Between Shades of Gray is a remarkable story of strength during the time of Stalin’s dictatorship. I tend to shy away from war type novels but I have heard so many amazing things about this novel that I knew I needed to read it. Before reading this I wasn’t really aware of the nightmares these people faced under Stalin’s reign of terror.
This book tells the story of Lina, her mother Elena, and younger brother Jonas as they are forcibly removed from their house in Lithuania from the Soviets one day. They are herded like animals in trains with only a rusty hole to relieve themselves from, and a bucket of water and slop for nourishment. Lina’s father, a college professor, never arrived home from work that day, and we later learn he was taken separately and imprisoned.
Lina’s family is a family of intellect and honor. All of the Vilkas family is caring, educated, and show love for family and friends. I don’t know why, but I was thinking this type of family dynamic in the 1940’s in Lithuania would be harsh, poor, and disconnected from each other, but Lina, an artist, was encouraged and praised by her parents for her stories and drawings, except when she became overzealous with hatred for Stalin. Her father tried to warn her to be careful. She was a sneaky thing, always listening in to her father’s meetings, trying to hear what was going on in the countries around her.
Lina enters this nightmare as a 15 year old girl and emerges fighting, a strong, passionate, caring young woman.To be shoved into this kind of atmosphere, and not lose yourself to the evil around you, would be extremely difficult. Lina kept her sanity and her strength by drawing and writing. She knew her drawings were unique and, if they made their way to her father, he could locate her by knowing they were from her.
The detail that the author lends to the characters was one of the greatest aspects to this story. Elena, Lina’s mom, was such a graceful, beautiful, kind woman who did not want to give up or give in to the NKVD. She did everything she could to stay alive for her children, all while staying loyal to her family and homeland. I could literally feel the love and genuine sweetness coming from her. Lina was outspoken and had an opinion about nearly everything, but loved her family and pushed through this horrific journey.
Komorov thought he was torturing us. But we were escaping into a stillness within ourselves. We found strength there.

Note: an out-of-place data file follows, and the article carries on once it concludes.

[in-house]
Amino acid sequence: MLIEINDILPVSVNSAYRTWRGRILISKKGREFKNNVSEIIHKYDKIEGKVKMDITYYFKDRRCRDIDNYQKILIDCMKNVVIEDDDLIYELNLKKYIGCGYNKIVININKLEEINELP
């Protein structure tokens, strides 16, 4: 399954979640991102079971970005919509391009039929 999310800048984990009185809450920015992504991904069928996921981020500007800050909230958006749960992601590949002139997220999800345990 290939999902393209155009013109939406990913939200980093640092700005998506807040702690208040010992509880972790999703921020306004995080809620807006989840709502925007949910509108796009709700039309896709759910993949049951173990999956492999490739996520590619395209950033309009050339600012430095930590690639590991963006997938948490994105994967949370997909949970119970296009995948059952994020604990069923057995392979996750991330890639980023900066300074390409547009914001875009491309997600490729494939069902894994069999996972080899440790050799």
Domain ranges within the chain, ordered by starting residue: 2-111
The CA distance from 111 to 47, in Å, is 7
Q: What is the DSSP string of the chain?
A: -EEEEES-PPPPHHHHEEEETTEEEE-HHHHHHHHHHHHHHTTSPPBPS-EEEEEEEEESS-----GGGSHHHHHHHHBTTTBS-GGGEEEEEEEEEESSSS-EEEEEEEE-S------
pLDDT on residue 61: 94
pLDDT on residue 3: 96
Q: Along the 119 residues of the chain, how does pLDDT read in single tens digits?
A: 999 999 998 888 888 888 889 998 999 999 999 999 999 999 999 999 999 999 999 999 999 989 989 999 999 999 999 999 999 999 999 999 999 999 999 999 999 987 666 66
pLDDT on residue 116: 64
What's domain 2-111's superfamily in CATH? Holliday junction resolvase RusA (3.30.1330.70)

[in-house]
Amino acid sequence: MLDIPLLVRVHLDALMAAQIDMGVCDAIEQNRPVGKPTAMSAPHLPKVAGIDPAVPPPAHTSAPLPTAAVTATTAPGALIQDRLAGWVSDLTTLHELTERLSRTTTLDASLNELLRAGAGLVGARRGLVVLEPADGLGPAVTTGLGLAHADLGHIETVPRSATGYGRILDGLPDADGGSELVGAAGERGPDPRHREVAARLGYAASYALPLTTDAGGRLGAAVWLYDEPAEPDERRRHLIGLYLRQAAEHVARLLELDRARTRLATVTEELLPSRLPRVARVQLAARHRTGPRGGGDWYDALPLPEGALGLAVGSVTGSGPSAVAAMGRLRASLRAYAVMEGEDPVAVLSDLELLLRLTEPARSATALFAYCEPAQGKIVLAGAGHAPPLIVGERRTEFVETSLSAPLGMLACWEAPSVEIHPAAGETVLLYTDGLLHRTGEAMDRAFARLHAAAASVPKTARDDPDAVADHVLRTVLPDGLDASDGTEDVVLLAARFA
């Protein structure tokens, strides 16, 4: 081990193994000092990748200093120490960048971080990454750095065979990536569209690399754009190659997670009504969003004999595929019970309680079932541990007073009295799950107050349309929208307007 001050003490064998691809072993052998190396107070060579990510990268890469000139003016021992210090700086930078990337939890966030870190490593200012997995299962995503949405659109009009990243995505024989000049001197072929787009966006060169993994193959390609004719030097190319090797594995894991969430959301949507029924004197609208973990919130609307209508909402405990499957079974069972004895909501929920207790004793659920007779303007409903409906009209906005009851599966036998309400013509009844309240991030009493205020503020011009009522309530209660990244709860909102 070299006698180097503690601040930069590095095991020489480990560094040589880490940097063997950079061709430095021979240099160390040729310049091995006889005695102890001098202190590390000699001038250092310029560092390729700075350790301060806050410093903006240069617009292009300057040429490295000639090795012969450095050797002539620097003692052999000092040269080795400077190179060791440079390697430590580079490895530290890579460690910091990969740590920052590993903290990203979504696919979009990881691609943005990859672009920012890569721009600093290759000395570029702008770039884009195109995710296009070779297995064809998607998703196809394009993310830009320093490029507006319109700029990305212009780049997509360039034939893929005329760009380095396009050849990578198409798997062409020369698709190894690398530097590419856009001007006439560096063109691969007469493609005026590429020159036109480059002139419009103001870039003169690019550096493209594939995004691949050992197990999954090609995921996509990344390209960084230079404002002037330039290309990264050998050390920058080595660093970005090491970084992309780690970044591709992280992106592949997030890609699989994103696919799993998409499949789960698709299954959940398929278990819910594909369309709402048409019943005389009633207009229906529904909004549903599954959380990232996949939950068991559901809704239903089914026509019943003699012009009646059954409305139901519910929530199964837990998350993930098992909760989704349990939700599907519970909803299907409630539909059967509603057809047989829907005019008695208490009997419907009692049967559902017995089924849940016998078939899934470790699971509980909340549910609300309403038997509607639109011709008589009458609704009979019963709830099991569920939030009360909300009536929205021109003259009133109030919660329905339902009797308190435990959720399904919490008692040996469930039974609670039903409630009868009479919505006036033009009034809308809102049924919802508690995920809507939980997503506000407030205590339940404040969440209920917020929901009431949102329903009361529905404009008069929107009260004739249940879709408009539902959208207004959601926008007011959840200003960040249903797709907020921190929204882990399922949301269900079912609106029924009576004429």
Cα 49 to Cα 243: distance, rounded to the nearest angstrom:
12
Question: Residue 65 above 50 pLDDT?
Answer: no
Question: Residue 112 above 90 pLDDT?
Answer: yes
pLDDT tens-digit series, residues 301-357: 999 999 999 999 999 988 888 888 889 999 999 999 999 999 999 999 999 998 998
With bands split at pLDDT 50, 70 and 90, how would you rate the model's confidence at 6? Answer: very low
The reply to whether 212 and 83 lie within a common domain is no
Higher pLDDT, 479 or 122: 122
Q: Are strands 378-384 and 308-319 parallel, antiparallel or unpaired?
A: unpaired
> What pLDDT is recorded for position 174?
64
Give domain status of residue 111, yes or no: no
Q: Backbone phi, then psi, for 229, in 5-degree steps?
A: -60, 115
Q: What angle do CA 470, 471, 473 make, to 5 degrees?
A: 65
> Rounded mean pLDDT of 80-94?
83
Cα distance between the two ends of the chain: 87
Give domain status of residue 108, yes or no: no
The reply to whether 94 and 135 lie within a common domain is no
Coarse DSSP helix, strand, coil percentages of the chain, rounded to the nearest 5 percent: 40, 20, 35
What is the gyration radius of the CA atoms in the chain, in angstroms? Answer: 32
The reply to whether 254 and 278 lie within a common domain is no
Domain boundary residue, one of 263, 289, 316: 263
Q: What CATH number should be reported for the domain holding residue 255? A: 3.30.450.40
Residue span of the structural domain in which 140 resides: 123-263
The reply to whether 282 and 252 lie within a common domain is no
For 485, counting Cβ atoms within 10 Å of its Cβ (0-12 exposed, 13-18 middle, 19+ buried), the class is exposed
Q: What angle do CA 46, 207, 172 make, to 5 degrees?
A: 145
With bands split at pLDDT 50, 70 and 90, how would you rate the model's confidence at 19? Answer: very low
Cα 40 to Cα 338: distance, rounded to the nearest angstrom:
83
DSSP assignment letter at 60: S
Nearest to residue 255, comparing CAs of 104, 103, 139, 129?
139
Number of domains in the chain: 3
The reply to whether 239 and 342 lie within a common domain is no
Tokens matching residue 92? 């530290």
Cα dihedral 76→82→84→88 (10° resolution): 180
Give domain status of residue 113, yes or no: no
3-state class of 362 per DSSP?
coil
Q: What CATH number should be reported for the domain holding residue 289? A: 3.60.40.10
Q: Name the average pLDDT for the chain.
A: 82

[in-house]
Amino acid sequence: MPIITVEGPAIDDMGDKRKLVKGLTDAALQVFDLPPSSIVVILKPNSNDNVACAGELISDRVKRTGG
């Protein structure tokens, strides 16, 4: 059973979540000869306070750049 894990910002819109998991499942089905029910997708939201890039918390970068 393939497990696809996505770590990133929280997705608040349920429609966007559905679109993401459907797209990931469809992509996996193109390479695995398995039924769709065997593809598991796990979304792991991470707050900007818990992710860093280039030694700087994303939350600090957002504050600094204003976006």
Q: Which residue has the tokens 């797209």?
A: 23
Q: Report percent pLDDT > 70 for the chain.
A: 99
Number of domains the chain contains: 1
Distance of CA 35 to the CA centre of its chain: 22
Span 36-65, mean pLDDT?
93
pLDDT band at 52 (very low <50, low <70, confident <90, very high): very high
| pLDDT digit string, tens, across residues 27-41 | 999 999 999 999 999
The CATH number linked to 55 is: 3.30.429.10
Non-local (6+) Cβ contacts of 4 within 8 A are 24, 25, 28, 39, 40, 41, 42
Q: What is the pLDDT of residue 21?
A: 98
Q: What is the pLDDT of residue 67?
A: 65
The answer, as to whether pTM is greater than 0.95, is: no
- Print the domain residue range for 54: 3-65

Lina was not going to let Stalin win. Even in these horrific conditions, Lina and her mother and brother pushed on. They made friends with those they were enslaved with- Andrius, his mother, Miss Grybas, even the grouchy, depressing bald man. They were all forced to work when they arrived in Siberia-digging holes, making shoes, digging for beets-it was extremely hard manual labor constantly with a puny ration of bread as their payment. They were called fascist pigs from the NKVD. The women were leered at, children disregarded. I can’t fathom the measure of strength it would take to still want to survive after being spit at, worked to the point of utter exhaustion where your legs buckle, or starving daily.
What I loved about the characters is how they helped each other. They risked their lives to steal beets to feed a hungry friend, gave up their ration for a sick child, stole wood to keep everyone warm. No one wanted to do this alone. Even if the risk was great, they valued those around them. Andrius was one of my favorite characters besides Lina. He was the light in this dark tunnel for Lina and Jonas.
Don’t be scared. Don’t give them anything, Lina, not even your fear.
When I finished this book, I just held it in my arms and cried. I strongly feel everyone, teen and adult alike, should read it. It’s obviously a fictional family but the nightmares they endured are true. The death camps, the suffering, it’s all real, and if you, like me, weren’t aware of the horrors the Baltic people went through, I recommend picking this up.
Krasivaya. It means beautiful, but with strength. Unique.